Liquid traps, rat bags, and a brief history of NYC animal politics

Don’t eat while reading this.  Photo Credit: Maya Rajamani
Don't eat while reading this. 
Don’t eat while reading this.  Photo Credit: John Roca

Brooklyn Borough President and mayoral hopeful Eric Adams has gotten caught up in an unlikely controversy: animal rights activists dislike his boosterism for new rat traps that drown the creatures in a mix of liquid, alcohol, and despair.

Yes, it basically ends up being a rat soup. Do yourself a favor and don’t google the pictures.

Adams doubled down in a Daily News op-ed on Wednesday, saying he’s standing up for impoverished neighborhoods overrun by the pests. Examples include a rodent climbing into the crib of a neighbor’s sleeping 5-month-old baby when Adams was growing up. And this horrifying tidbit: “while meeting with NYCHA officials recently, we learned that a plumber had discovered a rat nest in the ceiling of one apartment and ended up hauling away 40 bags of rats.”

It’s just the latest in the proud and bizarre tradition of the animal kingdom getting caught up in New York City politics.

Yes, other places have these: fights over backyard chickens and deer cullings and bears. But in diversity, reaction, counterreaction, and sheer numbers, NYC is hard to beat on this front.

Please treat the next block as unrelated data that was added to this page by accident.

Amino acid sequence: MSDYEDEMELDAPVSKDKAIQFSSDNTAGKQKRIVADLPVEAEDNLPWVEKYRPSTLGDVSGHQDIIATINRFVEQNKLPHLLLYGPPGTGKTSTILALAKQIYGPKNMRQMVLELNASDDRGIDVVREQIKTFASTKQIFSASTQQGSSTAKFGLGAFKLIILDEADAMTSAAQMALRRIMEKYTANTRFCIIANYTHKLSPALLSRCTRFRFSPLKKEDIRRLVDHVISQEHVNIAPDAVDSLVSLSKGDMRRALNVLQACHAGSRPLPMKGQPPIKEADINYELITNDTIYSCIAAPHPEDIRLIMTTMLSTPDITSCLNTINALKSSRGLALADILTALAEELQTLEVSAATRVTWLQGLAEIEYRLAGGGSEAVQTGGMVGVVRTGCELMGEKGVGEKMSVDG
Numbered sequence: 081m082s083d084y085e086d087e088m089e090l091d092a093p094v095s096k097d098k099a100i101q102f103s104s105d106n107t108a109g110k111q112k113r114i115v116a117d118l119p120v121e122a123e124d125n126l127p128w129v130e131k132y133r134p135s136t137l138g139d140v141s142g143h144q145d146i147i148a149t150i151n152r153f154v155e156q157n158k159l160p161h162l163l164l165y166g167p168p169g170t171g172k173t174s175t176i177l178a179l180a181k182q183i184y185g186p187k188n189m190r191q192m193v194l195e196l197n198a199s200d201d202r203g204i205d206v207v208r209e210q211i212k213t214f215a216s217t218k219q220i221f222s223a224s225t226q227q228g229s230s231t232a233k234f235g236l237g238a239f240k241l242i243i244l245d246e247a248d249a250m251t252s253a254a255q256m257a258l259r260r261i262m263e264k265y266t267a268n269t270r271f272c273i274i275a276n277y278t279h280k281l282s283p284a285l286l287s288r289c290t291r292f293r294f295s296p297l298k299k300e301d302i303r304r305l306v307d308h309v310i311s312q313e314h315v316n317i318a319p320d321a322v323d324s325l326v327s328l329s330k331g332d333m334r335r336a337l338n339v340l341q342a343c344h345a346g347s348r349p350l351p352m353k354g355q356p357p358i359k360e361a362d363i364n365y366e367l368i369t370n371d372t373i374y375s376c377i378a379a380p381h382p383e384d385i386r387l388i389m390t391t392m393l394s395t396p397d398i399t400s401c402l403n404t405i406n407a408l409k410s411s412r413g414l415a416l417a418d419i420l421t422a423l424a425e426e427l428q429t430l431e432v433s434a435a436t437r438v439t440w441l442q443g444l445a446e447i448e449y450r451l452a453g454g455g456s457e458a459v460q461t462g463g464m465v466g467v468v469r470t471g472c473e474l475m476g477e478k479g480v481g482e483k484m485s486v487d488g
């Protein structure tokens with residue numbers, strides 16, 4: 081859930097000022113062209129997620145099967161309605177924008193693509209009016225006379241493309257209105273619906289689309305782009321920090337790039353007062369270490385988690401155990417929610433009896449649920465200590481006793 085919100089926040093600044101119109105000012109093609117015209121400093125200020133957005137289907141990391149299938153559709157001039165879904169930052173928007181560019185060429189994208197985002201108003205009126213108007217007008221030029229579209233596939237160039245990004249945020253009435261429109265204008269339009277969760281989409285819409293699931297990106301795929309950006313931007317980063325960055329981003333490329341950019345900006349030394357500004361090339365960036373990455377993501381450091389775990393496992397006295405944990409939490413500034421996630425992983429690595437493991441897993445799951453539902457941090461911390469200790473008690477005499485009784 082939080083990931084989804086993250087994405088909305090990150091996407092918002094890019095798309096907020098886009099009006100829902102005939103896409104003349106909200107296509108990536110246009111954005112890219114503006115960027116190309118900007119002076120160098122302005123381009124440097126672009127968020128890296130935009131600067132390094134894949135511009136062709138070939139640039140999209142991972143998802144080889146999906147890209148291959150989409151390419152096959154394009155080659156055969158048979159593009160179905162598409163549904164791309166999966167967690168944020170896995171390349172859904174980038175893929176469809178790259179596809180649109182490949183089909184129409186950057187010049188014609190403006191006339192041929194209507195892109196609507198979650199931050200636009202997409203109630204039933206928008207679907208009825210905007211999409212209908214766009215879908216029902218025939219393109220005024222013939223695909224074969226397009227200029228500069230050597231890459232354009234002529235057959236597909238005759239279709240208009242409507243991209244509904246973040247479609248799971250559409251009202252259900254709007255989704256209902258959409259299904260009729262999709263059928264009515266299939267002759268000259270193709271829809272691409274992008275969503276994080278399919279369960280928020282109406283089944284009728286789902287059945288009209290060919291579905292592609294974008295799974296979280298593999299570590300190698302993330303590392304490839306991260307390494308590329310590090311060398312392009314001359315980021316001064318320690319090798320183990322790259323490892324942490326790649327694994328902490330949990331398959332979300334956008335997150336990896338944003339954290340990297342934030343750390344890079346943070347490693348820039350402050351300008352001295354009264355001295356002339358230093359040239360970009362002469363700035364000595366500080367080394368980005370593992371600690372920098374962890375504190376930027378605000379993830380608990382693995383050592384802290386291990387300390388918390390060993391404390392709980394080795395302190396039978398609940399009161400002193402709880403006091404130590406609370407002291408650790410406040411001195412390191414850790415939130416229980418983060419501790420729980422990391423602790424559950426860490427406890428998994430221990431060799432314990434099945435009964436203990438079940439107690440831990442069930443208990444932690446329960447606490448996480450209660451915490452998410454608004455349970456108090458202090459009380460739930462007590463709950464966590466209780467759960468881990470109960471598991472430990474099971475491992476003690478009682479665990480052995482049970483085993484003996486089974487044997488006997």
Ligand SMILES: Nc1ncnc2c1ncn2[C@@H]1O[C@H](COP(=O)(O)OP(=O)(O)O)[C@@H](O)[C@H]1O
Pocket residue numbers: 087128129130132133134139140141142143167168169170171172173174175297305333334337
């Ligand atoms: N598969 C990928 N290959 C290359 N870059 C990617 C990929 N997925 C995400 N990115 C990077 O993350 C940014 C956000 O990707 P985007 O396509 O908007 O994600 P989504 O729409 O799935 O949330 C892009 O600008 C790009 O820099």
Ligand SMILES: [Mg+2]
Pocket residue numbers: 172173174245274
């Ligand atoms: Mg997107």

This year, there have been City Hall protests about efforts to ban foie gras (Hudson Valley farms aren’t happy) and the sale of fur (it’s important in African American and Hasidic communities, some people say).

Neither party has a monopoly on the animal issue: remember former GOP mayoral hopeful Joe Lhota refusing to support shutting down the subways to save a kitten? Some might say the issue dogged him. Anthony Weiner, who had other problems, avoided this one: “If there is ever a kitten in peril in the subway line, I will personally go to save the cat,” he told the Daily News in 2013.

Mayor Bill de Blasio, though, may go down in history for his animal adjacencies. His 2013 mayoral win was helped by animal rights activists angry that a main opponent opposed banning horse-drawn carriages in the city. In 2014, he dropped a Staten Island groundhog, who later died but gave birth to the new journalism term “zoo sources” when reporters dug into the fate of the creature.  

Then there was the infamous Harlem deer death of 2016. 

The buck had somehow found its way to Jackie Robinson Park and spent some time there, but it eventually escaped into the city proper. De Blasio had it in for the one-antlered wretch, with police tranquilizing it in the name of safety, but then Gov. Andrew Cuomo got involved and tried to bring the beast north. The feud between the two politicians attained the point of peak comedy. The deer died anyway. Oh the humanity.

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